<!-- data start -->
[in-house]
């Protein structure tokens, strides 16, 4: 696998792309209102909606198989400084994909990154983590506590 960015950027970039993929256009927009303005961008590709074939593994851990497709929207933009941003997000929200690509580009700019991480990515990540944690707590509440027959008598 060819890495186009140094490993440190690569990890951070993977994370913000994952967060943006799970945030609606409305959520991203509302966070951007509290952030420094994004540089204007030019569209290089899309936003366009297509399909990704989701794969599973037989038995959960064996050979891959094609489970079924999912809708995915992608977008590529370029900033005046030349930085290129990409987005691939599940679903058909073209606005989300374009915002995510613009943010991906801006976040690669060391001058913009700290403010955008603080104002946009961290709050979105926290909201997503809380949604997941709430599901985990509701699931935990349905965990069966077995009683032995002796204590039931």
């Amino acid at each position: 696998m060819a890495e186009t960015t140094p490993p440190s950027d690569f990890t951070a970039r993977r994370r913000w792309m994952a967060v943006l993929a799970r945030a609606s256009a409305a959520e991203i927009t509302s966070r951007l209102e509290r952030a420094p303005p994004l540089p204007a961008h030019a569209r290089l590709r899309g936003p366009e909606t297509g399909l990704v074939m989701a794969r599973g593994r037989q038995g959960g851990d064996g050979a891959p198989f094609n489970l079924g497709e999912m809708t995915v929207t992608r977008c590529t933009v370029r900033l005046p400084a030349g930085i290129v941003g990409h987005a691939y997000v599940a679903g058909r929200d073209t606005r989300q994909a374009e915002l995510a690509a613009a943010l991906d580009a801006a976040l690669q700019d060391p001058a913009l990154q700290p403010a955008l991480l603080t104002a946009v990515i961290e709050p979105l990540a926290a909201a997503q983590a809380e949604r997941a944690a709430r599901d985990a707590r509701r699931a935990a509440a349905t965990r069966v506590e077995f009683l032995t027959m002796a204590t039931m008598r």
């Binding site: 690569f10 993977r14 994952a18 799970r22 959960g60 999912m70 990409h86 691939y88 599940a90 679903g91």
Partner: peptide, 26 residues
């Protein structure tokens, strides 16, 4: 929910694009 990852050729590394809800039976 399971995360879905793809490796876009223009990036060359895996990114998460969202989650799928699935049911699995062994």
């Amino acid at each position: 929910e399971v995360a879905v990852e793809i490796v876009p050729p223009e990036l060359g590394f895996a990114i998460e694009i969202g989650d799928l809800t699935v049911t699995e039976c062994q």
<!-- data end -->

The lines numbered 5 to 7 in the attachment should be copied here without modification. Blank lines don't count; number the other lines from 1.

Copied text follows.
Partner: peptide, 26 residues
């Protein structure tokens, strides 16, 4: 929910694009 990852050729590394809800039976 399971995360879905793809490796876009223009990036060359895996990114998460969202989650799928699935049911699995062994």
């Amino acid at each position: 929910e399971v995360a879905v990852e793809i490796v876009p050729p223009e990036l060359g590394f895996a990114i998460e694009i969202g989650d799928l809800t699935v049911t699995e039976c062994q």